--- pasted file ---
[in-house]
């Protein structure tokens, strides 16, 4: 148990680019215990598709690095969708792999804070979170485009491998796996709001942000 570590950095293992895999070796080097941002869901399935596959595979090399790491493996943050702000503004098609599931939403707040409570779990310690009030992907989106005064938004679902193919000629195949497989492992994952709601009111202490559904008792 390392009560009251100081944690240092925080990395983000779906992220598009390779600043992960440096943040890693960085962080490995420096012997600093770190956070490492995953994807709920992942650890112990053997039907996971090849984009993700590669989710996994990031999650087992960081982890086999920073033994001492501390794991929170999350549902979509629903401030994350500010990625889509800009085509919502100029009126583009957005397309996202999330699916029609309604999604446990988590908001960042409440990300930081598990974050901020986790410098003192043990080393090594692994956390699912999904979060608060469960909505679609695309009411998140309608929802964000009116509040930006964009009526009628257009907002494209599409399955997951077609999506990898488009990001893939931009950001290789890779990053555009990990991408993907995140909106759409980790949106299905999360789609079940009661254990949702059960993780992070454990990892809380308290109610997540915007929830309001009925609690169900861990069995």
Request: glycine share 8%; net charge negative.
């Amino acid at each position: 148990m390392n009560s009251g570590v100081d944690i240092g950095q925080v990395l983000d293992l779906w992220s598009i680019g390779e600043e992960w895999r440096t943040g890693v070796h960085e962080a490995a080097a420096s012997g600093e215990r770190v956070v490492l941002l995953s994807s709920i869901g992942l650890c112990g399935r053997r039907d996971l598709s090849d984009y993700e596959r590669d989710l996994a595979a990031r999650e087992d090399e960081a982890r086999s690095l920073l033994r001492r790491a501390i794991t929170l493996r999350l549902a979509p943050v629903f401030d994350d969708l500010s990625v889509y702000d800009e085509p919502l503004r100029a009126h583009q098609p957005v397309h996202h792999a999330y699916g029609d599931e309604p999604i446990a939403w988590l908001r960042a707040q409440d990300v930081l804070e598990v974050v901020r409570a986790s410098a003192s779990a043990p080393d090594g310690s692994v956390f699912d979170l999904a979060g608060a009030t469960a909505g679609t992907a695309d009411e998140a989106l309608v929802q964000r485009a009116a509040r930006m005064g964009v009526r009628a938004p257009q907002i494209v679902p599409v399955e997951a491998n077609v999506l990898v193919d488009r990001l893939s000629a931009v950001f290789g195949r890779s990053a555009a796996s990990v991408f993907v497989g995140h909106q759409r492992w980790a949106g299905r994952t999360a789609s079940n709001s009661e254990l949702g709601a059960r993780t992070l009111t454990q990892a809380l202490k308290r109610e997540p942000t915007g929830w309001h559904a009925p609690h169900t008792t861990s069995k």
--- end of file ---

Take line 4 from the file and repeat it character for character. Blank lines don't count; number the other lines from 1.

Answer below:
């Amino acid at each position: 148990m390392n009560s009251g570590v100081d944690i240092g950095q925080v990395l983000d293992l779906w992220s598009i680019g390779e600043e992960w895999r440096t943040g890693v070796h960085e962080a490995a080097a420096s012997g600093e215990r770190v956070v490492l941002l995953s994807s709920i869901g992942l650890c112990g399935r053997r039907d996971l598709s090849d984009y993700e596959r590669d989710l996994a595979a990031r999650e087992d090399e960081a982890r086999s690095l920073l033994r001492r790491a501390i794991t929170l493996r999350l549902a979509p943050v629903f401030d994350d969708l500010s990625v889509y702000d800009e085509p919502l503004r100029a009126h583009q098609p957005v397309h996202h792999a999330y699916g029609d599931e309604p999604i446990a939403w988590l908001r960042a707040q409440d990300v930081l804070e598990v974050v901020r409570a986790s410098a003192s779990a043990p080393d090594g310690s692994v956390f699912d979170l999904a979060g608060a009030t469960a909505g679609t992907a695309d009411e998140a989106l309608v929802q964000r485009a009116a509040r930006m005064g964009v009526r009628a938004p257009q907002i494209v679902p599409v399955e997951a491998n077609v999506l990898v193919d488009r990001l893939s000629a931009v950001f290789g195949r890779s990053a555009a796996s990990v991408f993907v497989g995140h909106q759409r492992w980790a949106g299905r994952t999360a789609s079940n709001s009661e254990l949702g709601a059960r993780t992070l009111t454990q990892a809380l202490k308290r109610e997540p942000t915007g929830w309001h559904a009925p609690h169900t008792t861990s069995k």